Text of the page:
Every Kid Needs a Favorite Teacher, Even in the Age of Digital Learning

Most of the people reading these words can recall a favorite teacher. If we are lucky, we may have had two, three, or more. However many, these special men and women played an important part in our development and academic success. With the spread of both digital learning and personalized learning, it is imperative that we clarify that the relationships between teachers and students, must always be at the core of academic success.

Relationships are everything in both public education and private, but it is also necessary that teachers have at their disposal and are trained to utilize, fully, the latest in instructional technology. No matter how good a farmer might be in plowing behind a team of beautiful horses or how much such a sight may stir the purist’s heart, their production will never approach that of farmers using the latest agricultural technology.

The impact made by our favorite teachers is the best way to illustrate the importance of the relationship between teachers and students and how powerful those relationships can be, even in the age of digital and personalized learning.

What did our favorite teachers do differently than the others who clutter our memory? Our favorite teachers treated us as if we were special. They liked us and they listened to us and they made us feel important. They believed in us and held out ever higher expectations, challenging us to push beyond our comfort zones, knowing they were close by to help us if we stumbled. They cheered us on and helped us celebrate each of the victories we worked so hard to achieve. They also smiled at us and it was genuine, heart-felt smile that made us glow. They treated us with respect, they trusted us; they wanted us to be the absolute best that we could be. They let us make mistakes without fear of consequences and taught us that mistakes are learning opportunities and the building blocks of knowledge and wisdom. They made learning fun and taught us that learning is a great adventure. We owe a great deal to these special men and women.

For children, relationships are everything. Relationships with their parents, siblings, extended family are vital to the healthy development of children. As their world expands to daycare, nursery schools, head start programs, or regular schools, relationships continue to be the most important ingredient in their ongoing growth and development. Whether their social skills, psychological and emotional development, or formal learning, kids need to feel safe and secure and they need to feel that the people with whom they interact care about them. Security builds confidence, and confidence builds motivation, and motivation leads to success, whatever the level to which we aspire.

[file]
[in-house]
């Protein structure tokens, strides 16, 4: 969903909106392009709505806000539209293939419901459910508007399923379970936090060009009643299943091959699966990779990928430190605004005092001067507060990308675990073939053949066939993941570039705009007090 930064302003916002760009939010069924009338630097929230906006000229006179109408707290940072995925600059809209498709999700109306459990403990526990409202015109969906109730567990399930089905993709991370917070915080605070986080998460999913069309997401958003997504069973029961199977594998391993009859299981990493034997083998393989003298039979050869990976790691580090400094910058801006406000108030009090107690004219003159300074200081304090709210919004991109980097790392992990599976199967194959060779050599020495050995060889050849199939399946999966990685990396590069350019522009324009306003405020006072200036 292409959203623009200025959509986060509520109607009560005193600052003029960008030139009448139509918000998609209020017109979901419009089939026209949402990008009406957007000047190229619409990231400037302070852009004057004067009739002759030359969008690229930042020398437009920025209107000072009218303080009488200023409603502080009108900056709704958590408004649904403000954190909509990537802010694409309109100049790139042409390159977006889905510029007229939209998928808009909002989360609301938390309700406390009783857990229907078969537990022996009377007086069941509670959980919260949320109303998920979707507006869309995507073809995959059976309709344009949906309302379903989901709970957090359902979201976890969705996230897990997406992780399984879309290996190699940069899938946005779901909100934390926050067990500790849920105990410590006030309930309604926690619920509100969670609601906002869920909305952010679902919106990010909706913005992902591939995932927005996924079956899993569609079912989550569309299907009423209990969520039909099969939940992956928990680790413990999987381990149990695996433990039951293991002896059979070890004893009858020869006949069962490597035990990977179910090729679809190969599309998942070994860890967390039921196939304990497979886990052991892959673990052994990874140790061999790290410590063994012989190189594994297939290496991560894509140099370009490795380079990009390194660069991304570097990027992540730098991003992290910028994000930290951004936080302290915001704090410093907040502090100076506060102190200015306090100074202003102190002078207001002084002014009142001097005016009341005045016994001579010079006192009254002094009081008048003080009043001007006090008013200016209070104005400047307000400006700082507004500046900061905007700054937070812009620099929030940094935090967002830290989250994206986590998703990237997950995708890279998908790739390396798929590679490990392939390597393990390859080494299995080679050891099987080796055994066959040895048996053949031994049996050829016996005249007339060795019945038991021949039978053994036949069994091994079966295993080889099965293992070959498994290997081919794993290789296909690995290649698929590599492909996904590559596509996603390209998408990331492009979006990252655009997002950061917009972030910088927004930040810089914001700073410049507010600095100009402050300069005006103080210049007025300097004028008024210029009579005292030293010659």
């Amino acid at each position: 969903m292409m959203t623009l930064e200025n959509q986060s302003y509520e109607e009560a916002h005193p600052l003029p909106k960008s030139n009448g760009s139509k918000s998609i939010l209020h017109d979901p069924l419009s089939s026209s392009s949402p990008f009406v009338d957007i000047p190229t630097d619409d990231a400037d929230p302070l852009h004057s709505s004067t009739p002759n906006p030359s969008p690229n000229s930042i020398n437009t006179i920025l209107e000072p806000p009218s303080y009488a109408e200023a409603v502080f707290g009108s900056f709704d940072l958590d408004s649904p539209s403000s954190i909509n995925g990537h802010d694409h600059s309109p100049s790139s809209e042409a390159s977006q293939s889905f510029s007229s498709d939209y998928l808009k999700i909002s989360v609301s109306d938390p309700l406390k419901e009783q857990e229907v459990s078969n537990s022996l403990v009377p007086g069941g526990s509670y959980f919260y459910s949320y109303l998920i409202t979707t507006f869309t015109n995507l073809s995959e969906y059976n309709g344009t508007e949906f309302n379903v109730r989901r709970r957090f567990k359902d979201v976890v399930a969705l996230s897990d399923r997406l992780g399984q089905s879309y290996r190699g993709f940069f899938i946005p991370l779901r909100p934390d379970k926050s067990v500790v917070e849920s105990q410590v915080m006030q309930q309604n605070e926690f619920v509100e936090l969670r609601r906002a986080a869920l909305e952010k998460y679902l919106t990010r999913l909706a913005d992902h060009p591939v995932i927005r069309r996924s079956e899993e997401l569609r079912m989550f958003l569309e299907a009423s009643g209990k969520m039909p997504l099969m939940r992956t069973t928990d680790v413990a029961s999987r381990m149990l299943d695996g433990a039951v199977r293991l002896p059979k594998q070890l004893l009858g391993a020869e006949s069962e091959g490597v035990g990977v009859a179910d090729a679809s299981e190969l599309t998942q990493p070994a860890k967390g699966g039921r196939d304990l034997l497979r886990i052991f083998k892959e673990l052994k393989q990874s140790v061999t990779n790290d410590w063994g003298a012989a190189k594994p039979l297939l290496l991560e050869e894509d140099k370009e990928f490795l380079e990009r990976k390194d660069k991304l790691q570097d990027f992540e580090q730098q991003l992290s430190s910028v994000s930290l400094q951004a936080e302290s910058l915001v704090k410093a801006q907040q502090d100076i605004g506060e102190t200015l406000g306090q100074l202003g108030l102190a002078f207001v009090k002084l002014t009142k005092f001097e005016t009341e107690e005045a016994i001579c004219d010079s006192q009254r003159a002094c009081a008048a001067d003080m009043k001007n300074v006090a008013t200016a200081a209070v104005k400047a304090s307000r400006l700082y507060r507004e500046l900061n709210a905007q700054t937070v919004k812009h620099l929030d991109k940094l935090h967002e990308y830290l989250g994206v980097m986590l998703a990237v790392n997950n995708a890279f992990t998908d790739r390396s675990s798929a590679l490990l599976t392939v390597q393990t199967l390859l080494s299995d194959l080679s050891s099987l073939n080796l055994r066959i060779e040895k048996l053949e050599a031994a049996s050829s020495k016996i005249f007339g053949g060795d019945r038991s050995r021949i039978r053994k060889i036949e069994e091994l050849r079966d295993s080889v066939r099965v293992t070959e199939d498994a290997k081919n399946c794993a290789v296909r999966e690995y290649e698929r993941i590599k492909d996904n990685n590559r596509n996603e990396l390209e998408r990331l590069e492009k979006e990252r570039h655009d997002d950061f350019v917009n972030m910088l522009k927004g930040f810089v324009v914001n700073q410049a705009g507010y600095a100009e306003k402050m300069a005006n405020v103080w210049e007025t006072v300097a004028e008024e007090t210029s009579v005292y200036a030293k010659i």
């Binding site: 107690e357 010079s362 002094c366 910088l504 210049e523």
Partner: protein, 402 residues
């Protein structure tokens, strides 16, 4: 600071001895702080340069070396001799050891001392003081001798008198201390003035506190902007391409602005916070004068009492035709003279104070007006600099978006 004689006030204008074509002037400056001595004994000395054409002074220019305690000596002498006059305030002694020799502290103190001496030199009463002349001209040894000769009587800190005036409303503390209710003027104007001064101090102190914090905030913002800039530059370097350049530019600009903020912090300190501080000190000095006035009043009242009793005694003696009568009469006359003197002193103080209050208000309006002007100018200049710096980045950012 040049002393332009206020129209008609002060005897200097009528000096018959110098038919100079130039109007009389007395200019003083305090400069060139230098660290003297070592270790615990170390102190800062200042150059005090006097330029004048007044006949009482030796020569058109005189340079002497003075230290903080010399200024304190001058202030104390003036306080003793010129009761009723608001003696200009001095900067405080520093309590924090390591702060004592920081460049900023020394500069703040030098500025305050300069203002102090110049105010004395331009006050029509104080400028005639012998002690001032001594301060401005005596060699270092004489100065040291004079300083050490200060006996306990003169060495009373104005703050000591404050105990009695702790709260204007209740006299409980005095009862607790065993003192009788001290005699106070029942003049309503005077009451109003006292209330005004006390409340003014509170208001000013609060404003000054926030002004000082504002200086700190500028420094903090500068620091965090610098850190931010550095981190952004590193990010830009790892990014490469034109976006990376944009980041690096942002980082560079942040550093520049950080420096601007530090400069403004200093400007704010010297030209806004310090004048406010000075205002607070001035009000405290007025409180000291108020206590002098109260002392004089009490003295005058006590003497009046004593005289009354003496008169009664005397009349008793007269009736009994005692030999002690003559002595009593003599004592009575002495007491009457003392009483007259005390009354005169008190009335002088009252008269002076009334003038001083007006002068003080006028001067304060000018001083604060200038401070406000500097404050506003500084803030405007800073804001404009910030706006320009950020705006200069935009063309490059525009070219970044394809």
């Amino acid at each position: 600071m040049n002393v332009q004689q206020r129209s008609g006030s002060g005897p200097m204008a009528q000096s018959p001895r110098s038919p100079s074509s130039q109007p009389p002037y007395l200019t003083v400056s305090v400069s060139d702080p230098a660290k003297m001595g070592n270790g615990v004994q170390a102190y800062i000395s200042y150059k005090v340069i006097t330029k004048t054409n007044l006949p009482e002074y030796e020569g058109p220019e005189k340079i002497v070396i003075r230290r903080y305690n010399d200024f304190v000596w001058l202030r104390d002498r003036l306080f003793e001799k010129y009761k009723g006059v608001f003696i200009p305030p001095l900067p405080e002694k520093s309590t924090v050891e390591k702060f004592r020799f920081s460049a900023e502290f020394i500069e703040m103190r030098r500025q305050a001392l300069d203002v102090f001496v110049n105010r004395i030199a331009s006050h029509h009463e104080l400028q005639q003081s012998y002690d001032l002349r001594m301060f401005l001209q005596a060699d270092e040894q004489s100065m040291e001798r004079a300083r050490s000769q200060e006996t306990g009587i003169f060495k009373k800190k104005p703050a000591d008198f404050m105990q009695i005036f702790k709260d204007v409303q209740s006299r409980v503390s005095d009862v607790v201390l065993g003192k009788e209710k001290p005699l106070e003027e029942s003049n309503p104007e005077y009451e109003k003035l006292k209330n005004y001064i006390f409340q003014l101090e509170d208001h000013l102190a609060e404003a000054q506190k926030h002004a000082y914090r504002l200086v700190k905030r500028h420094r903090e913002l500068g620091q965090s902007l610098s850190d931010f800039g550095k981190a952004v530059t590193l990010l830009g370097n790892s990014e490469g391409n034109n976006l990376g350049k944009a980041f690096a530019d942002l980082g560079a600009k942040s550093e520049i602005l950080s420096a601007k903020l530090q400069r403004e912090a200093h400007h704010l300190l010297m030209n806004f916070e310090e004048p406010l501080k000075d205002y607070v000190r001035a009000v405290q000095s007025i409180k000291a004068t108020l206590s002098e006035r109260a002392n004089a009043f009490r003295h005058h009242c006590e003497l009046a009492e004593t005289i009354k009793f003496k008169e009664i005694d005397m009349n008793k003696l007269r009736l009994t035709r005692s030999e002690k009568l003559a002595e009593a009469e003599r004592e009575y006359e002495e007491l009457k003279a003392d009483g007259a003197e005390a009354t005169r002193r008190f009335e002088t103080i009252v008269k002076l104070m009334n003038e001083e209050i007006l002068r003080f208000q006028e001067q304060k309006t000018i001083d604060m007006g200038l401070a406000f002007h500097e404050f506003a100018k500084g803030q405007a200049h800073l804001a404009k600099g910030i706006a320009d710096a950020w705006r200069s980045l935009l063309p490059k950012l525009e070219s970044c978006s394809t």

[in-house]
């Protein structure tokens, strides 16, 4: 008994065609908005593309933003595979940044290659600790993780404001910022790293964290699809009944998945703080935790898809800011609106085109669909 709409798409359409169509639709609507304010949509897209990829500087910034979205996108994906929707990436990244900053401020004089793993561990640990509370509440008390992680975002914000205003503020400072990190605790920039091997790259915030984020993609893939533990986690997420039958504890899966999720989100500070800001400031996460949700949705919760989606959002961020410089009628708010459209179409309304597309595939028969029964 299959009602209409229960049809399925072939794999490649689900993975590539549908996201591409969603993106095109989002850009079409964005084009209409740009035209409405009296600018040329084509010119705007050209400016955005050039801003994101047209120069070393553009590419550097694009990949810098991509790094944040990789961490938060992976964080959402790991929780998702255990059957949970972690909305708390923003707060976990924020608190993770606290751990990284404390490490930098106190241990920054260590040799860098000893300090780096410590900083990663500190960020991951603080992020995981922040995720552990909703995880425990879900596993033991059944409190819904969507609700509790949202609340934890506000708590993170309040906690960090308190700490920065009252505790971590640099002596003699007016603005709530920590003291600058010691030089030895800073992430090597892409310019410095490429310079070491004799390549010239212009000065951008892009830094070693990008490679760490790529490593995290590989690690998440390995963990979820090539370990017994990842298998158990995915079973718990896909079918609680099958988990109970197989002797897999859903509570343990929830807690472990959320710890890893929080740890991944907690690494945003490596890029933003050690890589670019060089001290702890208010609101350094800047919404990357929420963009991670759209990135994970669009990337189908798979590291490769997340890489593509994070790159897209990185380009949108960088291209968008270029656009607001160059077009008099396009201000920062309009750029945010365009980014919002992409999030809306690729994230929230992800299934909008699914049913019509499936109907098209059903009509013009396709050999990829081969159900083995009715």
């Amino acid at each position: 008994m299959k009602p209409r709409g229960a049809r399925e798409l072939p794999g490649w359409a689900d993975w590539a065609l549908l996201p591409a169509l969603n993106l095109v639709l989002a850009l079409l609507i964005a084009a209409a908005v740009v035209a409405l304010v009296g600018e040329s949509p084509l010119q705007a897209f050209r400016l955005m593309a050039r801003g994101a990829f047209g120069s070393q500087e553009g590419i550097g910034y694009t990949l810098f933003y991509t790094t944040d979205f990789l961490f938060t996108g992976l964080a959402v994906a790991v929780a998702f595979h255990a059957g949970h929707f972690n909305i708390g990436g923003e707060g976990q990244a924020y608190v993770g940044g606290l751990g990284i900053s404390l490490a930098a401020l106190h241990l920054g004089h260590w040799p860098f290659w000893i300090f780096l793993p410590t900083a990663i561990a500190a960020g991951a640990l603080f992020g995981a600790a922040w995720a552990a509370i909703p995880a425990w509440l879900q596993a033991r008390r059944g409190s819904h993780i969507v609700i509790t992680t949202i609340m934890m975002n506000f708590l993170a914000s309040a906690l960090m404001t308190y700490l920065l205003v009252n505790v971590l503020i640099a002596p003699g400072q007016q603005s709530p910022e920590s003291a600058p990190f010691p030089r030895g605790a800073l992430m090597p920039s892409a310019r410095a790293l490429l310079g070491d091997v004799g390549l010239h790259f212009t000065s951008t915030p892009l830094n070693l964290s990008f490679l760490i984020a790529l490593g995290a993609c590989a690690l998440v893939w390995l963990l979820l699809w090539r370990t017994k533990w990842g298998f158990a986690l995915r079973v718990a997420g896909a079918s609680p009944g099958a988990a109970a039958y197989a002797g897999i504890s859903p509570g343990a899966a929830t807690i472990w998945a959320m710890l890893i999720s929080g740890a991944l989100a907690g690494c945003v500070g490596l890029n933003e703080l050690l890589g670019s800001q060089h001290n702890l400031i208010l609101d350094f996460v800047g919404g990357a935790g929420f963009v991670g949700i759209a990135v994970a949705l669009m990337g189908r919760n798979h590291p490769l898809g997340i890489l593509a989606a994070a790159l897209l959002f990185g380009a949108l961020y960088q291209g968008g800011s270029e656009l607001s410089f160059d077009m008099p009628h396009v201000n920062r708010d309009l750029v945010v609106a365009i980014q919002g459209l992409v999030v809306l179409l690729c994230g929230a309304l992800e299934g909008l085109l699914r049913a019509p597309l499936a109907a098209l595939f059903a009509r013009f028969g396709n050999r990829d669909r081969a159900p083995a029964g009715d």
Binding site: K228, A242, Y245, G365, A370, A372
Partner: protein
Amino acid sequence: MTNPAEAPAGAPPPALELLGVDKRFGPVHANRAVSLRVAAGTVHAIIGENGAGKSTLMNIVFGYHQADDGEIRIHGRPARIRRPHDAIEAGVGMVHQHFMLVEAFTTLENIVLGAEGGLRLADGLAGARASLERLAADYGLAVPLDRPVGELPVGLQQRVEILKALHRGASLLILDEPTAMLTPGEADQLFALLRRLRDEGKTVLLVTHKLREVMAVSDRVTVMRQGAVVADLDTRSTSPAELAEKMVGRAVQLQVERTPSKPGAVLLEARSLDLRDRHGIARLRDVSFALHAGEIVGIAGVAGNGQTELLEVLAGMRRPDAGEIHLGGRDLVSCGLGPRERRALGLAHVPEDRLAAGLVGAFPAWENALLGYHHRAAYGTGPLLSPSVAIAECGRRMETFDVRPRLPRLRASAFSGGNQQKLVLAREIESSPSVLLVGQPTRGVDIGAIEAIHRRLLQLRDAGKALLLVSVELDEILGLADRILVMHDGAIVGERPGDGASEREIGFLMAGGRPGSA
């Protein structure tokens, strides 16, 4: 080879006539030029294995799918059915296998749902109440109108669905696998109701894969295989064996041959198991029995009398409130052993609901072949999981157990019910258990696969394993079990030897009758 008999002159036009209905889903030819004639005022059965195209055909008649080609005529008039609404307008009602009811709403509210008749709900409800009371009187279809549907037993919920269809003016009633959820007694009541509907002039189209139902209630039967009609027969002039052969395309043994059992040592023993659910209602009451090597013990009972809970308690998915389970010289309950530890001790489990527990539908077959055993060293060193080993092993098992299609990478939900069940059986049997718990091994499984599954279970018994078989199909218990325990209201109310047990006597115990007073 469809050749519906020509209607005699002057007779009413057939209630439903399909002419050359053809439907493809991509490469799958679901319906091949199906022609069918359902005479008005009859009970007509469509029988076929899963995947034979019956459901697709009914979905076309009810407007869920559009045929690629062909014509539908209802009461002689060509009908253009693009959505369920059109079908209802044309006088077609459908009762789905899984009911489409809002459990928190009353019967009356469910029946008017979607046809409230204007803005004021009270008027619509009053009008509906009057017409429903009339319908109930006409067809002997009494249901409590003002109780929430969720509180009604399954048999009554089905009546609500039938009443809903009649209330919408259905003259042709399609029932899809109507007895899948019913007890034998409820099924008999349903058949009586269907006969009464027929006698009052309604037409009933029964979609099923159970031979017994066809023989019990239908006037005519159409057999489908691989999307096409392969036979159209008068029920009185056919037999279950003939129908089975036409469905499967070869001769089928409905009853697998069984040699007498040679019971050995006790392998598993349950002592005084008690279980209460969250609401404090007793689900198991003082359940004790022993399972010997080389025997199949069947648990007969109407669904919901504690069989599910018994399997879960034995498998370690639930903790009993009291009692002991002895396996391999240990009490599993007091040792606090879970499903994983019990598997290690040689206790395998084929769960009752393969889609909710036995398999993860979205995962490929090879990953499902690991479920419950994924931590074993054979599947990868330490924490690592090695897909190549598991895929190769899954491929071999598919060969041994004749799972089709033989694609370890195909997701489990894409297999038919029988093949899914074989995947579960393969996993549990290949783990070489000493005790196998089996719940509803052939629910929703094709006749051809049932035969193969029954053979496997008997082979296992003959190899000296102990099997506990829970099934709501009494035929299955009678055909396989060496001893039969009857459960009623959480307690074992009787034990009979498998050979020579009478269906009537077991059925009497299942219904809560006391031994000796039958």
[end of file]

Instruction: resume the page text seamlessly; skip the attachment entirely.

The relationship between teachers and students is one of the two most important variables in the formula for academic success and this is true throughout a child’s thirteen years of school. As children get older and must learn to deal with temptations of peer pressure, solid relationships with teachers become more important, not less.

The other is vital variable is the support and commitment of parents. Parents, particularly those of disadvantaged kids, are suspicious because many of their own experiences with schools and teachers were negative. Most of them must be won over, but that won’t happen until teachers are able to demonstrate, in very real ways, that they are having a positive impact on the child.

If the reader has doubts about the importance of parental support and commitment, consider disadvantaged students who excel in spite of the incredible disadvantages they face. What is different about these success stories?

Almost always, when a disadvantaged child excels in school it is because of a parent or guardian who somehow clings to hope that an education will provide a way out for their children. These parents are ferocious in their commitment to make sure the child is motivated to learn and is working hard to learn. These mothers, fathers, grandparents or other guardians are fully prepared to seize their child’s teacher by the throat, figuratively of course, if they think their son or daughter is being treated unfairly or if the teacher is not giving their child the best effort of which they are capable. In these uncommon but almost miraculous success stories, it is the powerful parental commitment that is the difference maker. Without that parental commitment disadvantaged children fail, routinely.

It is only after their son or daughter begins to come home, every afternoon, bubbling about how much he or she loves their teacher that the parents are curious enough to want to learn what is happening. The same is true as parents begin to see their child enjoy success at school and be excited about the new things they have learned. Winning is contagious, even for those sitting on the sidelines. Teachers must be prepared to seize these opportunities to pull parents into partnership.

All educators know these things to be true, and many of you who are reading these words are nodding your head in agreement. What I want the reader to understand, however, is that the current education process is not structured to support and encourage teachers to reach out to parents. It is not an expectation held out for teachers and it is not something for which teachers are held accountable.

If these relationships are as vital as we believe them to be, then working to develop them must be at the top of every educator’s priority list. The reader is invited to read my education model and white paper to see how these expectations and the utilization of personalized learning are integral and interdependent components of a new education process.

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